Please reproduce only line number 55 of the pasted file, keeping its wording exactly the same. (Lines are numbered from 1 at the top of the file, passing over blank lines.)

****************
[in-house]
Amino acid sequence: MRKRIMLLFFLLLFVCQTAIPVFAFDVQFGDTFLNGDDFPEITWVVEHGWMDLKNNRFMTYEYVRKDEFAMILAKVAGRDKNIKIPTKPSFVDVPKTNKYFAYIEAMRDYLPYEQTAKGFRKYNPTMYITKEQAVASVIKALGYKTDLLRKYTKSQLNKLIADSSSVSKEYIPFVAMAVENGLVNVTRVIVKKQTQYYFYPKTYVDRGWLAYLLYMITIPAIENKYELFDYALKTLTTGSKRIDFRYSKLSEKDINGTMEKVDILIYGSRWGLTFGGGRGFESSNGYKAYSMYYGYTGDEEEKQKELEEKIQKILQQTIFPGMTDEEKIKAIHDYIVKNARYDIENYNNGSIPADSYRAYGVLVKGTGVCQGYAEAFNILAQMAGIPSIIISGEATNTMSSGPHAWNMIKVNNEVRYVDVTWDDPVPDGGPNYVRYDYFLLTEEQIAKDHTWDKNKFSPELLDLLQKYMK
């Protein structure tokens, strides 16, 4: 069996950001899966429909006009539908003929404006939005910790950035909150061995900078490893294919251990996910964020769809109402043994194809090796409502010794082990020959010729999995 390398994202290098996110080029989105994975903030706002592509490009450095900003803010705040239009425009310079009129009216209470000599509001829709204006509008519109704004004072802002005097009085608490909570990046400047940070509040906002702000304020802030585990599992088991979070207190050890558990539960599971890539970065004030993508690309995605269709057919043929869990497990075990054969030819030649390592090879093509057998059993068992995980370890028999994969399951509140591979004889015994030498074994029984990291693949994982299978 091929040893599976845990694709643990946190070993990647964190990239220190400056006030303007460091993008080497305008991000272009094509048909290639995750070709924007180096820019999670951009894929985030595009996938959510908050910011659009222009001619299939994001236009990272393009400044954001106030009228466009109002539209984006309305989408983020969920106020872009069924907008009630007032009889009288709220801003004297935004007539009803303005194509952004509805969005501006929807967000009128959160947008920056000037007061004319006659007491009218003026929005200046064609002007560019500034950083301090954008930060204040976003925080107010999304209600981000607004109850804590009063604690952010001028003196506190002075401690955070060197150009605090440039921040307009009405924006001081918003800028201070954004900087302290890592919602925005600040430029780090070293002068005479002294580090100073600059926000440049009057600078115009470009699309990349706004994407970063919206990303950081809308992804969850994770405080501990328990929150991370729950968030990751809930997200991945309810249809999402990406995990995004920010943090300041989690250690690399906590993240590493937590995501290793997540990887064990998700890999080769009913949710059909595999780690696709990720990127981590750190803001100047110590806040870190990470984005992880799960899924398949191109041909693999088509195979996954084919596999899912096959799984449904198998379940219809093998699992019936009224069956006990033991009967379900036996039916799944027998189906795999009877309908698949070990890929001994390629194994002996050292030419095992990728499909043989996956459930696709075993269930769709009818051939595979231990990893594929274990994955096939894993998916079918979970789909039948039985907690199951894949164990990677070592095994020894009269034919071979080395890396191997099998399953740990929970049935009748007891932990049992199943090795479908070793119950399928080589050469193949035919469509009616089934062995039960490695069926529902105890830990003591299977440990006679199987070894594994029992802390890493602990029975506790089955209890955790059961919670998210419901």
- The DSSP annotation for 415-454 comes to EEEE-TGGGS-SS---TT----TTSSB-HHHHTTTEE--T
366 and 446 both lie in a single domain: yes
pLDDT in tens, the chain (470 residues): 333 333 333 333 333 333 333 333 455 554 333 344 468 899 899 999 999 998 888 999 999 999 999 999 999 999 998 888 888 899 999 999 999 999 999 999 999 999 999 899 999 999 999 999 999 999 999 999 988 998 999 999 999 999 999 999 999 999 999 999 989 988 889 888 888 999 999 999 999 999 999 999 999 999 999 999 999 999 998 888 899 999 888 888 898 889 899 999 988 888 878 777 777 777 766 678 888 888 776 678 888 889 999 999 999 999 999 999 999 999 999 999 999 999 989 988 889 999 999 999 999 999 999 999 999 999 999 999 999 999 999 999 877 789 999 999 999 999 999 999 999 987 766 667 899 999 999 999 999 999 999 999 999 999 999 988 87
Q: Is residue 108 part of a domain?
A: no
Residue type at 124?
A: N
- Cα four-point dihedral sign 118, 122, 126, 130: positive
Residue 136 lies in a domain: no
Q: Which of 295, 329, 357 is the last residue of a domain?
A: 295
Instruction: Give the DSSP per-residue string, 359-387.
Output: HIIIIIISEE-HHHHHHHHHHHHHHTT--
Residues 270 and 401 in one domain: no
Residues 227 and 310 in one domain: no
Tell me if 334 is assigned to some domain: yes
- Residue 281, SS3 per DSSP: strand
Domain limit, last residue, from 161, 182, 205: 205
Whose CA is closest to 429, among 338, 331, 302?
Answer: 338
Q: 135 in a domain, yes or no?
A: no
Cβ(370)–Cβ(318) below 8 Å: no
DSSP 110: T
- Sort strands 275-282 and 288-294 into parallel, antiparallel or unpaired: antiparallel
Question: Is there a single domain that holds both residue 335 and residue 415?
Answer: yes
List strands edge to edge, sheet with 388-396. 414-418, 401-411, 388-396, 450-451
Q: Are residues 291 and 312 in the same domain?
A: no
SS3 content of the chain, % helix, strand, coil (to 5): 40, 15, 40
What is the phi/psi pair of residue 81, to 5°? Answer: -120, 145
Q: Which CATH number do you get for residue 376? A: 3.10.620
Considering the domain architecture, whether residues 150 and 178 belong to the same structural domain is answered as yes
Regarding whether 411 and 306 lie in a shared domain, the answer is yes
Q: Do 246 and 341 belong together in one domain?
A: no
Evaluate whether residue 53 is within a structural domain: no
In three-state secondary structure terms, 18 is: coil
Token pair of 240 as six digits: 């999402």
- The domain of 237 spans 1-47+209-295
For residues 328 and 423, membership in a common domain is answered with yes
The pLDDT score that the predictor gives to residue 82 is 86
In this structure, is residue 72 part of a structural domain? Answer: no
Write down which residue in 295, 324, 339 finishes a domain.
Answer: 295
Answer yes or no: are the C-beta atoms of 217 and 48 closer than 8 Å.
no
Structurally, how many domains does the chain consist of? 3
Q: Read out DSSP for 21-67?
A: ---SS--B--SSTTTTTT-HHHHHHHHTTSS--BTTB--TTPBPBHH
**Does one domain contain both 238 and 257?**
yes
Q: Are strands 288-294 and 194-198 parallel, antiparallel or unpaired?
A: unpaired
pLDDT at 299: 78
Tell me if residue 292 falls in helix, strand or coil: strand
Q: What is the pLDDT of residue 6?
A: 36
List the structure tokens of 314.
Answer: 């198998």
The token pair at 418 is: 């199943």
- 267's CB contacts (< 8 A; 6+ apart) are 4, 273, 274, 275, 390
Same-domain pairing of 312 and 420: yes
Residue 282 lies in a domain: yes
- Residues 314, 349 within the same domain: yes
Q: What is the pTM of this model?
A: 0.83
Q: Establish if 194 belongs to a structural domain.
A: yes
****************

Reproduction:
**Does one domain contain both 238 and 257?**